John Suler's Photographic Psychology: Image and Psyche
You’ve heard people say it: “Good Capture!” Did you ever wonder what that expression is about? Or how about some of the other expressions often associated with photography: loading the camera, aiming, taking a shot. Do we, perhaps unconsciously, associate photography with something like hunting?
In her book On Photography, Susan Sontag describes photography as a tool of power. In a predatory way, photographers scan their territory, stop, shoot, move on, and later display their collection of trophies for others to see. They appropriate, tame and master the situation by visually capturing and preserving it. They isolate a moment of time out of its connectedness to other moments, separate it from its environment and a larger reality, freeze it in taxidermy fashion, impose their own interpretation and viewpoint on it. By fixating that moment, they keep things the way they are and attempt to prevent the inevitability of change. They offer proof that they were there, that this thing happened, that this thing existed. At the very least, by recording and interpreting an event, they put themselves in a relationship to the world that feels like knowledge, and, therefore, power.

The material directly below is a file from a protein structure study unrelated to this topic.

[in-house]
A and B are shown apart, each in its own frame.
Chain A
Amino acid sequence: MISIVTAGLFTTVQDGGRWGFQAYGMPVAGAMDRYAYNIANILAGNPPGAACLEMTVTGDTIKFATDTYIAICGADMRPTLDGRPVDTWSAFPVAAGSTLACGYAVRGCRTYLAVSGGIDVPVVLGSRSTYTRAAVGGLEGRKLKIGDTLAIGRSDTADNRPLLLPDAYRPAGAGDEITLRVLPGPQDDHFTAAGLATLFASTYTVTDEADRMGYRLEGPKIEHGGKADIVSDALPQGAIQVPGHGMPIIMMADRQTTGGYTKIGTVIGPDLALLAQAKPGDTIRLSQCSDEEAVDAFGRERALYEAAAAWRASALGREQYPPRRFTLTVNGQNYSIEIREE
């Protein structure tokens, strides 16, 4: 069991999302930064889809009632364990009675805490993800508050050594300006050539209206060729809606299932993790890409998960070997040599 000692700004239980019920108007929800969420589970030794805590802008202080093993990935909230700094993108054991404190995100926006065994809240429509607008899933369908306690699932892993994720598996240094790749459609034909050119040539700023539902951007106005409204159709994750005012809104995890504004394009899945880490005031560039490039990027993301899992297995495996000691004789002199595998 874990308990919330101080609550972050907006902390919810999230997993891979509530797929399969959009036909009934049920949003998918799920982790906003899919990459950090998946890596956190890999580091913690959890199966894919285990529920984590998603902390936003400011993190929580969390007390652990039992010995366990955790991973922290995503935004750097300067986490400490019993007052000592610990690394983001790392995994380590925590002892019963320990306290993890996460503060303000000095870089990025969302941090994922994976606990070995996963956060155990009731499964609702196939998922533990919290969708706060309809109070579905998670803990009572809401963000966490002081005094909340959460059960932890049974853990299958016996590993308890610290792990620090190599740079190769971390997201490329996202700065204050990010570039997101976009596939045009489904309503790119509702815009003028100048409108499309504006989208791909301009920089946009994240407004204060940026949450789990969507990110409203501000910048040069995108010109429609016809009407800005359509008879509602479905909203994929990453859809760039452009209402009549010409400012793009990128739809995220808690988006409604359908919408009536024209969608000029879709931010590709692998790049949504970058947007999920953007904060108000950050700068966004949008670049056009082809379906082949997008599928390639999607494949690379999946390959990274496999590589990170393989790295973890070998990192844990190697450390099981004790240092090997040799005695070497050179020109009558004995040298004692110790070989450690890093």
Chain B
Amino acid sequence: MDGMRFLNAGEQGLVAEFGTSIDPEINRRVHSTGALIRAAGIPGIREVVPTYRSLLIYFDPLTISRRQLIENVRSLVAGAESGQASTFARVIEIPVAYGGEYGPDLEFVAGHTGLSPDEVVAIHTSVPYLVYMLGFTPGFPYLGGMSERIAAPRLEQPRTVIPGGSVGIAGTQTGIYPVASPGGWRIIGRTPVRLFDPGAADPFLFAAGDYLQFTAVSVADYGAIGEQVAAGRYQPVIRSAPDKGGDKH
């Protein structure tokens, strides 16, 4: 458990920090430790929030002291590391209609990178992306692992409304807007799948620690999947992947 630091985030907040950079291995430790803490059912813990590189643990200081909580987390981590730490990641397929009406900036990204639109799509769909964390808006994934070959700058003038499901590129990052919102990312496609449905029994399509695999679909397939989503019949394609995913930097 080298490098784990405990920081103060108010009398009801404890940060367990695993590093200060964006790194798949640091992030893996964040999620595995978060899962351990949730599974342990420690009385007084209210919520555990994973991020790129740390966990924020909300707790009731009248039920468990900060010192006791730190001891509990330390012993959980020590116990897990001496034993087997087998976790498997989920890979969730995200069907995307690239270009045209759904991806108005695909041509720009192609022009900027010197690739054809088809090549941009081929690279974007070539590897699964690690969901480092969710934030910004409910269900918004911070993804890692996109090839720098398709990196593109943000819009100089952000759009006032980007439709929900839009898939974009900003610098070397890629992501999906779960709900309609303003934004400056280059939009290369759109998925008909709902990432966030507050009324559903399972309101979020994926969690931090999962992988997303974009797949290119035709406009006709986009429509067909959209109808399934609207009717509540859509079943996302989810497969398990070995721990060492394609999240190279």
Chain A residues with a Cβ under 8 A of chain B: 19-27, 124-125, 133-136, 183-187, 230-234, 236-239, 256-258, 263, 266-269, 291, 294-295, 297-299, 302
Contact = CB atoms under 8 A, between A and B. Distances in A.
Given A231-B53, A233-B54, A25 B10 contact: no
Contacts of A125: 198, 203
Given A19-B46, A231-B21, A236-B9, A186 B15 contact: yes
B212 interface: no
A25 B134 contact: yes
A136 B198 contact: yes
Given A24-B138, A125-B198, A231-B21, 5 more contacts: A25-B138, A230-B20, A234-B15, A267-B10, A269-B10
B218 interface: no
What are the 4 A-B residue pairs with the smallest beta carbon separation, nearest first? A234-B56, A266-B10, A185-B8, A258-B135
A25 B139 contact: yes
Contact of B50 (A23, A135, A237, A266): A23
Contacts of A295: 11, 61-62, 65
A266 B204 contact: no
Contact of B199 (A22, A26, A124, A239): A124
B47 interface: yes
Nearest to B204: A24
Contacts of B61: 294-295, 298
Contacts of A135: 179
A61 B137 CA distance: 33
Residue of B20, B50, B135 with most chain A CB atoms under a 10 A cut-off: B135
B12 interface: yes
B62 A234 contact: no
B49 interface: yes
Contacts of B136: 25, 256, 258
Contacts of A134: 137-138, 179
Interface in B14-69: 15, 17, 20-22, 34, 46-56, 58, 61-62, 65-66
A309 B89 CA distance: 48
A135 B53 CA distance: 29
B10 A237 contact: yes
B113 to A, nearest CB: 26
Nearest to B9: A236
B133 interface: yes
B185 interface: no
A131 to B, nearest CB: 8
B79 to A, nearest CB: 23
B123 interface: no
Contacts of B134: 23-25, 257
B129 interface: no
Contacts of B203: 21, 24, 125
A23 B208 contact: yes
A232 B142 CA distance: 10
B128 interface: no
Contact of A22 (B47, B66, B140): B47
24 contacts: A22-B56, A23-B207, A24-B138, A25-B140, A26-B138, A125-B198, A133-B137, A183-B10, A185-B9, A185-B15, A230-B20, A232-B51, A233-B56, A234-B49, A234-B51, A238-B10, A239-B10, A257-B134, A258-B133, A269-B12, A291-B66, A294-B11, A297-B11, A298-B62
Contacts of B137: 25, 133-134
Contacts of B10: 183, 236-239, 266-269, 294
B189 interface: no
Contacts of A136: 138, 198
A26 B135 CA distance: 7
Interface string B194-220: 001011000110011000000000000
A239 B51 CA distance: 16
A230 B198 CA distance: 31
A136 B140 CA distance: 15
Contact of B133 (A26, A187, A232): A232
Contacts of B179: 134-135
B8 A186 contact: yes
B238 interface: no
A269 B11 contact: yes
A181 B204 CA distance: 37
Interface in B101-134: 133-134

A “good” capture might also be the photograph that takes possession of and portrays something important about the photographer. Images capture the photographer's relationship to the subject: what they like, think, and feel about it. They preserve, in some cases even tame, something about the life and personality of the photographer. In that sense, perhaps the capture indeed is “good.”
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